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What IBUs Are and Aren’t

hopsRecently I have had a couple of odd interactions with customers at one of my beer tasting events. I would be chatting about a beer and the person (so far always male, but not making any generalizations) would ask “how many IBUs in the beer?”

I found I would pause momentarily, mostly because I hadn’t expected the question. Over my years of doing this work, the notion of IBUs (which stands for International Bittering Units) was one restricted to homebrewers, beer geeks and consumers who REALLY knew their stuff. I never got questions about IBUs from regular drinkers.

My first take on this new development (don’t get me wrong, it is still pretty rare, but the fact it has happened two or three times over the past couple months is significant) is one of satisfaction and elation. This is a very positive sign about how much more educated, beer savvy and craft aware prairie drinkers are becoming. We should all be encouraged by it.

But the (moderately) deep thinker in me started contemplating how the term IBU is being used these days. When I started doing that my opinion on the matter got more complex. And when I started contemplating the complexity of the issue, I decided I had to write a column about it. So I did.

My last CBC column (which you can listen to hear) as well as my most recent Vue Weekly column (or read here if you prefer) address the question of IBUs. More specifically they talk about what IBUs tell us about beer, what it DOESN’T tell us about beer and how, therefore, it is being misused in certain quarters and thus may be misleading beer drinkers.

Here is my case in a nutshell: IBUs is a scientific standard designed to measure the amount of alpha acids that have isomerized and saturated into the beer. Since alpha acids are the agent that create bitterness in beer it is a useful proxy for how “bitter” a beer is. This is all perfectly helpful for brewery quality control, homebrew recipes and a general “sense” of how much hops were used.

The problem is that it actually tells us very little about what the beer tastes like.  That is because our perception of bitterness varies widely from the scientific calculations done in a lab. There are lots of reasons for this. Bitterness is only one flavour component of a beer. Other things such as malt, yeast characteristics and other additions (e.g., smoke) can shift how much the bitterness stands out. Plus (and this is my favourite), our physical capacity to detect bitterness tops out at about 120 IBUs or so, meaning all the stuff at the top end of the IBU scale is all coming across pretty much the same. That 1200 IBU beer is nothing but marketing gimmick. (I give some other explanations in the columns if you want to read/hear more).

This would all still be fine if that nuance was shared with the beer consumer. Instead – and here I blame (some) breweries and craft beer bars – we slap the number on the label or menu and leave it at that. We expect the consumer to know what it means and how to contextualize it. Except often they can’t (obviously some can). The people who asked me about IBUs had very little understanding of its meaning beyond “higher means more hoppy” (which is what they were looking for).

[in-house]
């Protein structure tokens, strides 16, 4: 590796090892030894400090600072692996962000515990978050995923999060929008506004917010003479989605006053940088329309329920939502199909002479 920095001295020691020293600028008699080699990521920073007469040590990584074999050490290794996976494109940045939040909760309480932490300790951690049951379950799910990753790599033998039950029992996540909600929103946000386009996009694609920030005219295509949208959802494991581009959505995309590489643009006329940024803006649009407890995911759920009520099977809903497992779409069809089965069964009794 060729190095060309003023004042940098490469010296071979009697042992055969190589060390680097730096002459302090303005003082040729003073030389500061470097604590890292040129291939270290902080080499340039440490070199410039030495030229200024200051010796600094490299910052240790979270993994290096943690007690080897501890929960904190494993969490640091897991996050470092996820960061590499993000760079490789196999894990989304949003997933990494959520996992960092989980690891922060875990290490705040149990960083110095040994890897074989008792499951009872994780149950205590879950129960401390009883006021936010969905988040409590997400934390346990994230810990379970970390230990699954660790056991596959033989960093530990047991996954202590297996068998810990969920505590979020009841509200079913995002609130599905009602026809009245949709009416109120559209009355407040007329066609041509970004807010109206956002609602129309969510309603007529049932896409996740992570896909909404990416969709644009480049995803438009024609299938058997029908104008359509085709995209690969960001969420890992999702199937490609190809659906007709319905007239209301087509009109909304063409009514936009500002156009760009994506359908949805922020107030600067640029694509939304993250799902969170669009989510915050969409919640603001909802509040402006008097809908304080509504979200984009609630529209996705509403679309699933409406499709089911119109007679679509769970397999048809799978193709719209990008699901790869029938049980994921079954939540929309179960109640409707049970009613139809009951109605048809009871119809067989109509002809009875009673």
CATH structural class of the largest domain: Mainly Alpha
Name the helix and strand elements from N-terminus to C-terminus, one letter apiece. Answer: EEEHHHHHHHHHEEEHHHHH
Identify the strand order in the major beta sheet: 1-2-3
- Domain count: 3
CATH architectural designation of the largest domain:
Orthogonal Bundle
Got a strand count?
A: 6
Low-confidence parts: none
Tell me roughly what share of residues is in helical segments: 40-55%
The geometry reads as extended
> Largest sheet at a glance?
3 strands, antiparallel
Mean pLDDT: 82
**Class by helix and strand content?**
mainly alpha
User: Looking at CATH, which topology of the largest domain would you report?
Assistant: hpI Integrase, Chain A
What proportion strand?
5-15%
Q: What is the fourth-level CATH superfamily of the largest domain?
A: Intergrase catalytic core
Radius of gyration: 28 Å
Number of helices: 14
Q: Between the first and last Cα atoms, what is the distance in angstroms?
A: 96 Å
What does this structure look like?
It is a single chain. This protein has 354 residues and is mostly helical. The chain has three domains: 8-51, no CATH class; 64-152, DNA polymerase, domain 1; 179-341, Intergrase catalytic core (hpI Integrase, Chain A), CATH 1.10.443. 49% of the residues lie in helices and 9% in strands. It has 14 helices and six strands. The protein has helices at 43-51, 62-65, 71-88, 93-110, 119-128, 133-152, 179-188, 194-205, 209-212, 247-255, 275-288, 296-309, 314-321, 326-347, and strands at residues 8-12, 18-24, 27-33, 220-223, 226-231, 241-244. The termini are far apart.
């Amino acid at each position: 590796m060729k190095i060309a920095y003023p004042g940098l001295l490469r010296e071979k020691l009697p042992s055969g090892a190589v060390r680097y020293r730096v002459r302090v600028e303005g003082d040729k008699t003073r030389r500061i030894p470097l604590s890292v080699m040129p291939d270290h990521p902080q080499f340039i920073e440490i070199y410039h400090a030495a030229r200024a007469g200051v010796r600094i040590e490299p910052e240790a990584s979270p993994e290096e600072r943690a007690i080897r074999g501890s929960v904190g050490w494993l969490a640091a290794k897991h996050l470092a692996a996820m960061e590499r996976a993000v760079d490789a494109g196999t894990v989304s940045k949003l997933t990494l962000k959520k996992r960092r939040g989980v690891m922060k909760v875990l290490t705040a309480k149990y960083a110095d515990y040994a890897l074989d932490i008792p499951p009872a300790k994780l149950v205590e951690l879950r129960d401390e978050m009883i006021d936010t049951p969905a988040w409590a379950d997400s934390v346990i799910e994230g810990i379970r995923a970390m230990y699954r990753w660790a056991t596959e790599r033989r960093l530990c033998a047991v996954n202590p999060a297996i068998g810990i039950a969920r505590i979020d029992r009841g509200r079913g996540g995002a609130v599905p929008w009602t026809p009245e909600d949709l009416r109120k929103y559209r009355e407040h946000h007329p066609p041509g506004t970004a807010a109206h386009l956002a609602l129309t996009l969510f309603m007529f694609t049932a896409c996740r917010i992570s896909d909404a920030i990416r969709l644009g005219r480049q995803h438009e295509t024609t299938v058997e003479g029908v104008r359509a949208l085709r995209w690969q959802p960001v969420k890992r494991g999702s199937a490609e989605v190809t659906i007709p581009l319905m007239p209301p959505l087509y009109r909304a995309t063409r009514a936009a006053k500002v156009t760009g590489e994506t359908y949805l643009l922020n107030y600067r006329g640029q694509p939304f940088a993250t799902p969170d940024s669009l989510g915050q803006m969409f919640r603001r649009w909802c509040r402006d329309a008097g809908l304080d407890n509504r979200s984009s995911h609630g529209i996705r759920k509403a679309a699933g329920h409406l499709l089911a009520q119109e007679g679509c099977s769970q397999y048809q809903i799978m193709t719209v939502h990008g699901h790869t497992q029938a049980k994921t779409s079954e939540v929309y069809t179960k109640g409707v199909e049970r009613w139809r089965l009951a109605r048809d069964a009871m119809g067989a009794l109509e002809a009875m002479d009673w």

By all means, let’s promote the use of IBUs to educate consumers. It’s a great idea! But if we are going to do that, we need to provide context. We need more than one number to tell the story. In fact it is a bit dangerous to expect numbers to tell a full story at all. Even if we tossed in SRM, OG, FG, etc. we still wouldn’t be telling the drinker what to expect in terms of aroma and taste.

I love IBUs. Wouldn’t live without them. But they need to be placed in their proper context if they are going to advance consumers’ beer knowledge and passion.

6 comments to What IBUs Are and Aren’t

  • Ernie

    I agree that IBUs only tell part of the story, and you need the rest of the context. Even in IPAs, I find the IBUs mean less unless you have other data, such as the OG, for example. An imperial IPA with an IBU of 100 but an OG of 1.100 won’t taste as bitter as an IPA with an IBU of 80 but an OG of 1.065.

    It’s like saying Connor McDavid is a mediocre player because his plus/minus was -1 this year. Stats are meaningless without context.

  • Mark

    I have lots of sayings. A new one I have is, “IBUs are pretty much bullshit.”

    I have been ranting about IBUs for years. I will spare you the details. We dont provide IBU levels on our beers.

    If I stuck my finger in the air and said “yup it’s windy outside, I’d say about 25km/hr,” am I at all accurate? Of course not, it is just a guess. Did I tell you which way the wind is blowing? Is it warm, cool, humid or dry? We have no clue.

    The same applies to just about every brewery that states IBU levels on their beers; it is a wild ass guess and tells the customer sweet FA about how the overall beer will taste.

    IBUs are pretty much bullshit. Y’er welcome.

  • Mark

    Sorry, typing from a phone.

    To finish the weather analogy, I provided a wild guess about wind speed, which says nothing about the overall weather.

  • Chris

    I think this is where well educated staff in stores and bars, and an individuals personal understanding of what they like comes in. If I walk into the store or bar and can say “I like ESB’s and English Pale, some IPA’s, but find DIPA’s too bitter”, the well educated server/clerk can probably point me towards something within my comfort zone, or challenge my tastes a bit without going too far.

  • Mark

    Maybe the wine industry should come up with a measurement for amount of tannin in each wine so I can make better purchasing decisions.

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